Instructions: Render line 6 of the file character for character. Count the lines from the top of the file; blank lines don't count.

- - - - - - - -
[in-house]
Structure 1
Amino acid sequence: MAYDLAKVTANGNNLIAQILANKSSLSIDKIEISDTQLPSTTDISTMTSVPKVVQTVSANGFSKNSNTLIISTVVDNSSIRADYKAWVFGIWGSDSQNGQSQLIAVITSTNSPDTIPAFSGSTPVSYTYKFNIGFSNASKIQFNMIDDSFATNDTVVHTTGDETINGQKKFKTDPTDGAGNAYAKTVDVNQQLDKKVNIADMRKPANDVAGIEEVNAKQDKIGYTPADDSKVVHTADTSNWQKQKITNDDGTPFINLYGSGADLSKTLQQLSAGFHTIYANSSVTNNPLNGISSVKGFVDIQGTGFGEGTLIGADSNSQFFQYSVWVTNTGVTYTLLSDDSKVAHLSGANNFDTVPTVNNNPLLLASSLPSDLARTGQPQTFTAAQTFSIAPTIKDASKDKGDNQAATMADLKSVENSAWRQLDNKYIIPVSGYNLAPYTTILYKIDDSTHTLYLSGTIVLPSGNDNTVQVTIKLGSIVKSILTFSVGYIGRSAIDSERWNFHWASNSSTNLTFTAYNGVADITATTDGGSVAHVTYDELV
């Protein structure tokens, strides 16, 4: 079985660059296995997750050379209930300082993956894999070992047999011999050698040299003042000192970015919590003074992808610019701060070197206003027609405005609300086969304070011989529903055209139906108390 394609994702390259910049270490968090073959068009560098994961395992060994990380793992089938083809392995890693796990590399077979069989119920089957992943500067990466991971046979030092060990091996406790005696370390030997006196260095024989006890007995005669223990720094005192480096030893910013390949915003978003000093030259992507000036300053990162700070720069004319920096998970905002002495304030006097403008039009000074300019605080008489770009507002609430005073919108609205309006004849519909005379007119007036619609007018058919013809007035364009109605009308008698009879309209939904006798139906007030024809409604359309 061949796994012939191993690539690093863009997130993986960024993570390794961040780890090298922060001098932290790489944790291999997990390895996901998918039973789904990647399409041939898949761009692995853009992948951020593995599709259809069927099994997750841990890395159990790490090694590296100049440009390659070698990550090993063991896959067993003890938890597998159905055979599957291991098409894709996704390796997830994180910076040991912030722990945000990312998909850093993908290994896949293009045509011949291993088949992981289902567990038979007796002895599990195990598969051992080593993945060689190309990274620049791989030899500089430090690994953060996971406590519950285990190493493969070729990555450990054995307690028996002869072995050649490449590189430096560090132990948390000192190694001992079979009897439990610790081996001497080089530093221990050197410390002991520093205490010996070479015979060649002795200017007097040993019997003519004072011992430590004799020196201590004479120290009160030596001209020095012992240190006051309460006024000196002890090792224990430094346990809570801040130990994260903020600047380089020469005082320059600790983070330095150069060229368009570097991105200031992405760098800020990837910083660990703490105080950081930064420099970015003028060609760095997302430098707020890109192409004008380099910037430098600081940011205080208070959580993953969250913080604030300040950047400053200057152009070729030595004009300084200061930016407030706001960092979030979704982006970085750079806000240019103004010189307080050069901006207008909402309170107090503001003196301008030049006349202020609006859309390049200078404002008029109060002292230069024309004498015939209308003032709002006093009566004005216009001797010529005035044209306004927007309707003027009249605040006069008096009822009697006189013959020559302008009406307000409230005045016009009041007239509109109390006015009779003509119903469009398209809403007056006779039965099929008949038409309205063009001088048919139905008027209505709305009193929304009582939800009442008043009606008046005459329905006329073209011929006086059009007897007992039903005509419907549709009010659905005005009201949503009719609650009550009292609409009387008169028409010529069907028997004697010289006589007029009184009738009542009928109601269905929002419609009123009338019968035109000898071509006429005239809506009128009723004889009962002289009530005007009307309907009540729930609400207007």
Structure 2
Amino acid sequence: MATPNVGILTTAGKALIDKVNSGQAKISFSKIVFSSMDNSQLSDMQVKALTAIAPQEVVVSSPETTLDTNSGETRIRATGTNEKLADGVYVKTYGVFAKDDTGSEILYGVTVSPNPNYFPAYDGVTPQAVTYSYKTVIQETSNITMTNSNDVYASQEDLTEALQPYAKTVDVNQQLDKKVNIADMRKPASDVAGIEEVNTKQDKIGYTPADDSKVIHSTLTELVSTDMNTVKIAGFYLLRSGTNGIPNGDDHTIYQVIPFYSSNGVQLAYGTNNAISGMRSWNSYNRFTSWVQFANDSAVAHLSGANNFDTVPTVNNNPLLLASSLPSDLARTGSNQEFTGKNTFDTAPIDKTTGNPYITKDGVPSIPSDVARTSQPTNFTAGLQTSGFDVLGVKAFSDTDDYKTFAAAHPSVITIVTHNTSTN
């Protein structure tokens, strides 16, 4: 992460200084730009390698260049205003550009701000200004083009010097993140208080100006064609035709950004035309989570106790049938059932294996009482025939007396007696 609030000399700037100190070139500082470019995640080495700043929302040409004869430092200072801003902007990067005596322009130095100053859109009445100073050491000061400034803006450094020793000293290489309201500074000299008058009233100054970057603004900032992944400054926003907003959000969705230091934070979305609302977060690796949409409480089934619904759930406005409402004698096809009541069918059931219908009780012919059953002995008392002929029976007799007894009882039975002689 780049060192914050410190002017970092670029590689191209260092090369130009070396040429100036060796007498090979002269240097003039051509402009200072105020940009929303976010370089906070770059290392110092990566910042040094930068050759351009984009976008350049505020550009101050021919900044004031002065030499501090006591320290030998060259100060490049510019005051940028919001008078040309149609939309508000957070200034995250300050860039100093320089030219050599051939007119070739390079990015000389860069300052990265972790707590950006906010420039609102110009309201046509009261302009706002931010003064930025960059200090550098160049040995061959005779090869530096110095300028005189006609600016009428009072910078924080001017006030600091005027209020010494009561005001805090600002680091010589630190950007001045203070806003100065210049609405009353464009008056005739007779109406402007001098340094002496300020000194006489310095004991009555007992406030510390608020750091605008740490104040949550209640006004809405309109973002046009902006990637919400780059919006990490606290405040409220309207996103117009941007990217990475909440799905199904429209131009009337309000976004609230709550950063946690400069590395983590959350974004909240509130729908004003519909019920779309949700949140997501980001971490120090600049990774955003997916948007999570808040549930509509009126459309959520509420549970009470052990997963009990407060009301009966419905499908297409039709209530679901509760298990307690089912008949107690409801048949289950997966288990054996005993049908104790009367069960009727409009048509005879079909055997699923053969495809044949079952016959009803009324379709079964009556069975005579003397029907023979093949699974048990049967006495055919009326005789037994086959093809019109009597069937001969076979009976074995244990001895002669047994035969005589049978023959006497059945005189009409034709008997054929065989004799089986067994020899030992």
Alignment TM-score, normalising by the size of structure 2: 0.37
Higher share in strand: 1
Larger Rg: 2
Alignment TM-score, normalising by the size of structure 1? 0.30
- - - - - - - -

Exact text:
Amino acid sequence: MATPNVGILTTAGKALIDKVNSGQAKISFSKIVFSSMDNSQLSDMQVKALTAIAPQEVVVSSPETTLDTNSGETRIRATGTNEKLADGVYVKTYGVFAKDDTGSEILYGVTVSPNPNYFPAYDGVTPQAVTYSYKTVIQETSNITMTNSNDVYASQEDLTEALQPYAKTVDVNQQLDKKVNIADMRKPASDVAGIEEVNTKQDKIGYTPADDSKVIHSTLTELVSTDMNTVKIAGFYLLRSGTNGIPNGDDHTIYQVIPFYSSNGVQLAYGTNNAISGMRSWNSYNRFTSWVQFANDSAVAHLSGANNFDTVPTVNNNPLLLASSLPSDLARTGSNQEFTGKNTFDTAPIDKTTGNPYITKDGVPSIPSDVARTSQPTNFTAGLQTSGFDVLGVKAFSDTDDYKTFAAAHPSVITIVTHNTSTN